Amazon's new HTML5 Kindle Cloud Reader is not only an expansion of the retailer's cloud offerings, but a snub against Apple.
Amazon is taking another step forward in the e-reader game with the launch of its Kindle Cloud Reader, which lets users read Kindle e-books via their Web browser without the need to download and install an app.
"We have written the application from the ground up in HTML5, so that customers can also access their content offline directly from their browser," Dorothy Nicholls, director of Amazon Kindle, wrote in an Aug. 10 statement. "The flexibility of HTML5 allows us to build one application that automatically adapts to the platform you're using-from Chrome to iOS."
In addition to the ability to read offline via the Web browser, the Kindle Cloud Reader also offers a holistic view of the user's entire Kindle library, instant access to nearly a million books, an embedded Kindle Store, and automatic software updates.
Amazon is launching the Kindle Cloud Reader Aug. 10 for Safari on iPad, Safari on desktop and Chrome. The online retailer plans on expanding the platform to Internet Explorer, Firefox, the BlackBerry PlayBook's browser, and other mobile browsers "in coming months."
Amazon's move toward HTML5 plays to the company's increased interest in the cloud, and offers a hard rebuke to Apple's mobile policies (it's probably no accident that Kindle Cloud Reader is available first for Safari on the iPad and desktop). Apple has imposed ever-tighter restrictions on mobile apps downloadable via its App Store, requiring that developers strip in-app purchasing mechanisms from their offerings if they want to display content purchased outside the app. In-app purchasing will apparently still net Apple some 30 percent of the fee.
In response to that policy, Amazon had already issued an updated Kindle for iPhone application that removed the Kindle Store button, meaning that anyone attempting to use an iOS device to purchase Kindle e-books would need to route over to Amazon's Website, instead of being able to order the text via the app itself.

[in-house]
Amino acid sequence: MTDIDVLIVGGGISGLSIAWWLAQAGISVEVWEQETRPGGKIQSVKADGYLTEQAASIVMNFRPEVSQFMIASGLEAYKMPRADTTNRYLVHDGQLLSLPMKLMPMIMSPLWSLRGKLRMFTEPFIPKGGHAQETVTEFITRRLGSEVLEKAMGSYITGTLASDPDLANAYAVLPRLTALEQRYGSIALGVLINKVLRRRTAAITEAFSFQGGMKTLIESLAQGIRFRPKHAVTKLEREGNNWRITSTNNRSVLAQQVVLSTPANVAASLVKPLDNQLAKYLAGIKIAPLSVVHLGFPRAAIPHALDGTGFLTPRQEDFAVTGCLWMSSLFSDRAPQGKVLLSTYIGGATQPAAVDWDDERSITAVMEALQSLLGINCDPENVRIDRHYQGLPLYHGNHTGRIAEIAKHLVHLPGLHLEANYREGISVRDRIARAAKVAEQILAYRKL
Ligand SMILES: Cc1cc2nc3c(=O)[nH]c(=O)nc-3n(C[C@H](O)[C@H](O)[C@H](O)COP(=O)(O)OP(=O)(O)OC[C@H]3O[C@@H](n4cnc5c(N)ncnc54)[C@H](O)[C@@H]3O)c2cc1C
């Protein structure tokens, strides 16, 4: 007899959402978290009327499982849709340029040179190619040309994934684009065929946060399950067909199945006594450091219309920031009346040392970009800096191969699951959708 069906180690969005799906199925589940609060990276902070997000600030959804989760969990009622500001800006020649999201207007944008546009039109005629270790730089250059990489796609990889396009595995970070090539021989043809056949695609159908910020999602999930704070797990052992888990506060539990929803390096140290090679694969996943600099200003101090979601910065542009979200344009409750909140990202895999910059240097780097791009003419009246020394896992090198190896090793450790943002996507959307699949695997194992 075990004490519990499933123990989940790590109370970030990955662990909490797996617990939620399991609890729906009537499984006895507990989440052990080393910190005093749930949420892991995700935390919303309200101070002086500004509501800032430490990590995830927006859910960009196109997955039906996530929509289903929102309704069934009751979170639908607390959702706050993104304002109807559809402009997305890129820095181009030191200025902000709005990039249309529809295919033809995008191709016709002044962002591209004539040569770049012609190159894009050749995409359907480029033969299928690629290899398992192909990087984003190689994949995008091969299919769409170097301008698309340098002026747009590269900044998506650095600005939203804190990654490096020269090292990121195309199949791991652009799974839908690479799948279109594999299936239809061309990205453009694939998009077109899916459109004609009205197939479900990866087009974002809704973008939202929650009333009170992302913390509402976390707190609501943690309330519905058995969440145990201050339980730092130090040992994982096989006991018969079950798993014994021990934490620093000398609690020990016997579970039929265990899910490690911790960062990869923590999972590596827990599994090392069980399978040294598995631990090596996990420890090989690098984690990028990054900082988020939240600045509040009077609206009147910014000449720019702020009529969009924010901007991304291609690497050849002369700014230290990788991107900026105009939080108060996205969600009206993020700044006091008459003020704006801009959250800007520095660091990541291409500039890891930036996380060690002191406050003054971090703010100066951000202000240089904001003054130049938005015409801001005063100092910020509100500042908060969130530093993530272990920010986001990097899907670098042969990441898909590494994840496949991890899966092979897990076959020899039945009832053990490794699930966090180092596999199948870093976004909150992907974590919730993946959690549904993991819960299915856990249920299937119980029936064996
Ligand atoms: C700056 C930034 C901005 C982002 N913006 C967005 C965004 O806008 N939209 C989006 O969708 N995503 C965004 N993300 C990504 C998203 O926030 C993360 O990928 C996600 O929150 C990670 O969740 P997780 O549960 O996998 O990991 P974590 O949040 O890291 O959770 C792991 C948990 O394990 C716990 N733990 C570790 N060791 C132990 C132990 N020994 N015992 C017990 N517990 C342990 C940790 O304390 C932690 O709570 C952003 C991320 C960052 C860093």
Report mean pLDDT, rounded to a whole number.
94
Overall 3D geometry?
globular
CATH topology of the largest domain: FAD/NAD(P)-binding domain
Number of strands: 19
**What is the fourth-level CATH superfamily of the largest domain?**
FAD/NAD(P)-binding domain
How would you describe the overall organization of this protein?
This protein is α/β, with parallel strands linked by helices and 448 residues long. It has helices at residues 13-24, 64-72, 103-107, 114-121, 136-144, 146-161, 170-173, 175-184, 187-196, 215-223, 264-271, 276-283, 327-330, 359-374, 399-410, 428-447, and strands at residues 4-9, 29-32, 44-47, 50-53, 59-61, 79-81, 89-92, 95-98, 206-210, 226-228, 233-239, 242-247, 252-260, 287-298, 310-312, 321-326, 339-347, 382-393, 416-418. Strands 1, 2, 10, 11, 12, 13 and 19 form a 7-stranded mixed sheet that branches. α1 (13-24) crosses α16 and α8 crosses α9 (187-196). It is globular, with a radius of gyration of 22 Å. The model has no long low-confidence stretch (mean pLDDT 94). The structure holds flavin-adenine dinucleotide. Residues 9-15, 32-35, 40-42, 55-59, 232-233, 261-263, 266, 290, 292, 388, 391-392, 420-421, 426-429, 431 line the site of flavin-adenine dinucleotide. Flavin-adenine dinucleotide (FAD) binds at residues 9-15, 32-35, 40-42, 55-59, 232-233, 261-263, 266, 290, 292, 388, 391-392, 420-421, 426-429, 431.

Both Kobo, a Kindle rival, and the Financial Times have built HTML5 Web applications as an alternative to App Store mobile applications. "Over the past weeks, Kobo has worked with Apple to create a solution that would benefit the iOS eReading community within Apple's new App Store guidelines," Kobo claimed in a July 26 press release. "Unfortunately, Apple has mandated that Kobo, along with all eBook retailers, substantially change the eReading experience for consumers by removing in-app access to the Kobo store."
In addition to giving Amazon a workaround when it comes to Apple, the Kindle Cloud Reader also represents an expansion of the retailer's consumer cloud presence. It will join the Amazon Cloud Drive and Amazon Cloud Player, which allow users to store and play their voluminous music libraries via the cloud. Such assets could also come into play in a big way if Amazon decides to launch a (much-rumored) Android tablet.
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Nicholas Kolakowski is a staff editor at eWEEK, covering Microsoft and other companies in the enterprise space, as well as evolving technology such as tablet PCs. His work has appeared in The Washington Post, Playboy, WebMD, AARP the Magazine, AutoWeek, Washington City Paper, Trader Monthly, and Private Air. He lives in Brooklyn, New York.